Meet The Press’s Chuck Todd is like a whole lot of people in the media. There’s every indication that he supports gun control and will use his platform to advocate for it. That’s how most folks in the media are.
And on Sunday’s show, he advocated for waiting periods, though only briefly.
I found Chuck Todd’s commentary a bit surprising, given his take on the gun issue today. He challenged GOP Rep. James Comer on the GOP’s centralization on the freedom to have firearms and not freedom in general.
“These massacres, nobody wants to see them,” Chuck Todd said. “I mean, it does feel as if we talk about the individual freedom of somebody to be able to have the right to bear arms. People want to have the individual freedom to shop at Wal-Mart without fear of getting shot.”
Of course, he’s commenting on the information that the killer in a Chesapeake, VA Walmart bought his firearm that day.
And, to be fair, if that killer had been required to wait three to seven days before taking possession of that firearm, the killing that night probably wouldn’t have happened.
That night, anyway.
You see, this is a guy who didn’t just flip out and start shooting people. He had specific targets, people who he claims harassed him and made his life a living hell. He wanted to kill them.
Do you really think a waiting period would have changed it?
Some people do. They think that this premeditated act might not have happened at all if he’d been delayed even a little bit. Frankly, I think those people are naive as hell. They’re ignoring that this was in response to a pattern of behavior that the killer found problematic. It’s unlikely that even a few days would have changed much of anything.
For Todd to sit there and advocate waiting periods as a way to have prevented that particular shooting is to betray such a fundamental ignorance on the subject.
Now look, I get the arguments in favor of waiting periods. I understand that such a thing can disrupt someone’s impulsive behavior.
The problem is that many seem to equate a same-day shooting–i.e. where a shooter buys the gun the same day he commits a mass shooting–with impulsivity, and that’s not necessarily true.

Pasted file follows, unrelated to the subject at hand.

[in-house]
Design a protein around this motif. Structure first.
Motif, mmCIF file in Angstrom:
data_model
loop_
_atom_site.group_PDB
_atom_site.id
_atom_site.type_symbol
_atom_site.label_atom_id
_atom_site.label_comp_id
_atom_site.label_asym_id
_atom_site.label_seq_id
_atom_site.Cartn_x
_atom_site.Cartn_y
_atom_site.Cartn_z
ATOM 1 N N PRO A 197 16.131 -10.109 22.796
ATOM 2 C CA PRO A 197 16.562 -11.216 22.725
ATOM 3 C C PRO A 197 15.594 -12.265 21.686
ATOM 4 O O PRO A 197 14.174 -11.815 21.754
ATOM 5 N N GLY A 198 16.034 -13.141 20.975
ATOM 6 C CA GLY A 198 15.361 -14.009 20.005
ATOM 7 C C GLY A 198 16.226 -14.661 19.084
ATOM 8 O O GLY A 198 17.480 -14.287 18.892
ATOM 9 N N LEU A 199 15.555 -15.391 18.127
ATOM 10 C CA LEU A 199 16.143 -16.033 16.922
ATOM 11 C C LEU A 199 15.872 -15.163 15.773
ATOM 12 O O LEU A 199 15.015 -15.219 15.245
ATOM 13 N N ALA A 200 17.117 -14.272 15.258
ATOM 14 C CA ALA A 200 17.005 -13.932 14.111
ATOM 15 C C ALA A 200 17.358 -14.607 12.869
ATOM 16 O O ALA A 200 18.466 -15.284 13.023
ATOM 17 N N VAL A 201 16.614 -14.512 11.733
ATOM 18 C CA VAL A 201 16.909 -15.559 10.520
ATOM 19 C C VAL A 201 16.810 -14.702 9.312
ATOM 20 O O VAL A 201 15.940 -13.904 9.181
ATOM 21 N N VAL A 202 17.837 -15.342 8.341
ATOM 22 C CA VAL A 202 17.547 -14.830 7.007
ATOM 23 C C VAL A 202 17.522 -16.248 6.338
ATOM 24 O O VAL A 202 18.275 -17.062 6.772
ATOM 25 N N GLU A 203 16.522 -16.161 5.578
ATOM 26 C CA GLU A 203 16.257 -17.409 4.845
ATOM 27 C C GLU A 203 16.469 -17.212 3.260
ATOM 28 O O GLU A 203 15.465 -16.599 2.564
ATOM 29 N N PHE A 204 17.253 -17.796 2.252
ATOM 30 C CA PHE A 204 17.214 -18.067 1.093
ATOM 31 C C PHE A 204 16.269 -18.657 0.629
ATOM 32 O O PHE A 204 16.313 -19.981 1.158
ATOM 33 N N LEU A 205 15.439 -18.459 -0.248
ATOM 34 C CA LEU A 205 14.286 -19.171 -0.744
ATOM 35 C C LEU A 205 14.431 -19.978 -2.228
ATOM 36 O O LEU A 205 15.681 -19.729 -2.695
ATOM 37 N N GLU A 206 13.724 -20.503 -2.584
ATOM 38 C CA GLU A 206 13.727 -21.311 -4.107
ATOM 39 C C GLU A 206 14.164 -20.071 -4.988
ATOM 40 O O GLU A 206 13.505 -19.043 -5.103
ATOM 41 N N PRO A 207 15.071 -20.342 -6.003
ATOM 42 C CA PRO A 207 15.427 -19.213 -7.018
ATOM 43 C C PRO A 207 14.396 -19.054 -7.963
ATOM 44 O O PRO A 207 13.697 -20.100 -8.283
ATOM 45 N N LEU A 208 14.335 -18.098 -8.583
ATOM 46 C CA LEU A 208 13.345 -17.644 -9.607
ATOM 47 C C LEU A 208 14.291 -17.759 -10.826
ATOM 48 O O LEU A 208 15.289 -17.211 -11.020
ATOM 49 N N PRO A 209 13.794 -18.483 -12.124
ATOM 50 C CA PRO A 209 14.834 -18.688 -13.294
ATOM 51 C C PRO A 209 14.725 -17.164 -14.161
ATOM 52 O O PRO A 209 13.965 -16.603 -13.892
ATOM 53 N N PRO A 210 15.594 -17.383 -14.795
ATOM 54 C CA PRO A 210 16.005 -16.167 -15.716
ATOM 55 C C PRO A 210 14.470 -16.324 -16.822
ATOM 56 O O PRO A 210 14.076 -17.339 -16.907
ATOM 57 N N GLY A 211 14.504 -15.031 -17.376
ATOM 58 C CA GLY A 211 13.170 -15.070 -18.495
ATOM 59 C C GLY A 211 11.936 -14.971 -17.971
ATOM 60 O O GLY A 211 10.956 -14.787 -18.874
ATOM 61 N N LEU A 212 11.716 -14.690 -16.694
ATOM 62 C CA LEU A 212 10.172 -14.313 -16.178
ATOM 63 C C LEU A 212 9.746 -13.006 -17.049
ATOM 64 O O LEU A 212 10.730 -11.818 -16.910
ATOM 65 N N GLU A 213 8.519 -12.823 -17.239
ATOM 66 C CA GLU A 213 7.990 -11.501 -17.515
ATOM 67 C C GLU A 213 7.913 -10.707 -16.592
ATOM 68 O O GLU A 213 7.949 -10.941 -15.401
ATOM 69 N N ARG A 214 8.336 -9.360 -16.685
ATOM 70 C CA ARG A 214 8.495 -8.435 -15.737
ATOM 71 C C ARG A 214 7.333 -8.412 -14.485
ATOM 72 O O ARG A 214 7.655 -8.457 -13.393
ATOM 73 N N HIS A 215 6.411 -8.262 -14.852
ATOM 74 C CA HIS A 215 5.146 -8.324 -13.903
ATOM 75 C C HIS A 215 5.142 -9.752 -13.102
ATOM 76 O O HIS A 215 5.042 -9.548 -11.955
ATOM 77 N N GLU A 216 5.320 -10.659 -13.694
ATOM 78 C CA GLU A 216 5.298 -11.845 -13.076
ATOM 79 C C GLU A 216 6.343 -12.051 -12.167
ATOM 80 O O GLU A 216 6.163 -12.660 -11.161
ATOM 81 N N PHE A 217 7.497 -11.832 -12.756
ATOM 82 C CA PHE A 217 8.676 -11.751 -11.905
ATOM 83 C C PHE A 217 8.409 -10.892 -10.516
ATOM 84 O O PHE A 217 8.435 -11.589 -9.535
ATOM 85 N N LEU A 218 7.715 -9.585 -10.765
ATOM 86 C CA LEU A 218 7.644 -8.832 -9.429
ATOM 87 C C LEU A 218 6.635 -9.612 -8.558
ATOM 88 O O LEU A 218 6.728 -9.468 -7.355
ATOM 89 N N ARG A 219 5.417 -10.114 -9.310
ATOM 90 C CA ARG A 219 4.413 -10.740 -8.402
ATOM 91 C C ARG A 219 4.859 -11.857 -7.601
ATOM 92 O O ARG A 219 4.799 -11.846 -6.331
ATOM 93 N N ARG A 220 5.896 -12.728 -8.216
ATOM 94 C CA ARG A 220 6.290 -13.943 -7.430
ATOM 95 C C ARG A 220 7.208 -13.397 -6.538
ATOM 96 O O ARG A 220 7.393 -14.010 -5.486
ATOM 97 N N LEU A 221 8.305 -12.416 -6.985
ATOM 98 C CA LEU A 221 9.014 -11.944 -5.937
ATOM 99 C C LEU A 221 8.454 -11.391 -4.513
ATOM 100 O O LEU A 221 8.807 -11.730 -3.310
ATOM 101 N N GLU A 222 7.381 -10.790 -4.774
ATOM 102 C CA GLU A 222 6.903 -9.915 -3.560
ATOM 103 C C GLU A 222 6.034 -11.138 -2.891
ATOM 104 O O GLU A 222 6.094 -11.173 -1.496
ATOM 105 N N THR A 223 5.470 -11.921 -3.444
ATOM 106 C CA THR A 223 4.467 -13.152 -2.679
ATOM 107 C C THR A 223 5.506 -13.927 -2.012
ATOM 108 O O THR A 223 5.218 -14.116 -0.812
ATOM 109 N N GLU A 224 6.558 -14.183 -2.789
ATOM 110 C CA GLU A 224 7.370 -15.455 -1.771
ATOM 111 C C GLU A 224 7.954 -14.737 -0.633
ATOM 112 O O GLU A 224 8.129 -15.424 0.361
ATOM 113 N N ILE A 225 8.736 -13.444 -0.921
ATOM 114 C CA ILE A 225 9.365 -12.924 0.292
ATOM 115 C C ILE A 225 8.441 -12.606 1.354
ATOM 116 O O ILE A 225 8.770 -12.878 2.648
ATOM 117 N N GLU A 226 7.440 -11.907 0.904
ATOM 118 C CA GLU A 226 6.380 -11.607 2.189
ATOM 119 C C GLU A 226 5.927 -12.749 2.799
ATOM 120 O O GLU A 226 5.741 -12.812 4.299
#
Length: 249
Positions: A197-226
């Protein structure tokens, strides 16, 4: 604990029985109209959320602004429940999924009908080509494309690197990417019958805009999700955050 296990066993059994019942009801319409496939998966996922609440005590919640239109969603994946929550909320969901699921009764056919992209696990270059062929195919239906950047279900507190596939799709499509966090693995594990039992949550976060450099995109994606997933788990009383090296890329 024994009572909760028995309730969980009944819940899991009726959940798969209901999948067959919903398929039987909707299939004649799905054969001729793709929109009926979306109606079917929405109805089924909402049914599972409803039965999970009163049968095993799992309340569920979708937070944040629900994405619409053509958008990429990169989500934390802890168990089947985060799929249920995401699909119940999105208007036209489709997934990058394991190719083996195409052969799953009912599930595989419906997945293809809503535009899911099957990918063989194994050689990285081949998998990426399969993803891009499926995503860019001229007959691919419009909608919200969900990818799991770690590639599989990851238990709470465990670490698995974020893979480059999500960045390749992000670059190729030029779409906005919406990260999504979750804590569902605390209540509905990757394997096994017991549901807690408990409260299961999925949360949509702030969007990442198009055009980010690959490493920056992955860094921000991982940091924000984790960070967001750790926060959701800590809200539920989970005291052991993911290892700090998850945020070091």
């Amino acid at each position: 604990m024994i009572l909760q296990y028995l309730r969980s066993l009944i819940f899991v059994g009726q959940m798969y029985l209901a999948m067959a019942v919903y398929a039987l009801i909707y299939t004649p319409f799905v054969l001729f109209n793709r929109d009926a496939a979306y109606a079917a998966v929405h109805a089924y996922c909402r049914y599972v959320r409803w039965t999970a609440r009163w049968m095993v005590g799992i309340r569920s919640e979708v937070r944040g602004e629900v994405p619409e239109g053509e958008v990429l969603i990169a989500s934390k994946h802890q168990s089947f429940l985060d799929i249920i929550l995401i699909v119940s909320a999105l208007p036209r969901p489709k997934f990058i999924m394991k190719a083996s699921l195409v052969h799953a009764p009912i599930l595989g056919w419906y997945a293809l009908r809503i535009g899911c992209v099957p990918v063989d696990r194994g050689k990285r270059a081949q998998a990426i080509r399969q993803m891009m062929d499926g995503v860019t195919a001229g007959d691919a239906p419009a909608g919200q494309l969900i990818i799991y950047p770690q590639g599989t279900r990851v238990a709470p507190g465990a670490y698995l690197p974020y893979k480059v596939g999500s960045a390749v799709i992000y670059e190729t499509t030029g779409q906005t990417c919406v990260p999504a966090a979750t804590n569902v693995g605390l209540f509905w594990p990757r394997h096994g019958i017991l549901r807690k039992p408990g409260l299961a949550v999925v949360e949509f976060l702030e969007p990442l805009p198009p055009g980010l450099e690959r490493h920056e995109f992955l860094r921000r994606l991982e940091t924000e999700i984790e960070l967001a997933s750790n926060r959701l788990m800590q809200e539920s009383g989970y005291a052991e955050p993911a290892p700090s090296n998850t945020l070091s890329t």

All it means is that they had to buy a gun before carrying out their plan. Premeditated murder on this scale usually doesn’t happen on a whim.
So no, a waiting period wouldn’t have stopped the shooting.
But do you know who it does stop? It stops the person who realizes there’s a threat to their life. It stops the person who has decided that crime in their neighborhood is unacceptably high. It stops the battered wife who is terrified that the next time her husband gets drunk, he’ll kill her even though she’s left him already. In addition, it stops the college co-ed who is worried about her stalker escalating things.
Waiting periods might delay a mass shooting or other premeditated murder, but it won’t necessarily stop it. Yet it can be enough to stop someone from being able to act in self-defense.
To invoke it during a discussion of crime is to misunderstand the fundamental limitations of waiting periods in general.
Especially since we have three recent shootings to look at and in only one of those cases can we even speculate that a waiting period might have done something.
Chuck Todd is supposed to be a smart guy, but if he can’t see the problems within his own assertion, then he doesn’t belong on television or in the media at all. Then again, neither should 90 percent of those already there.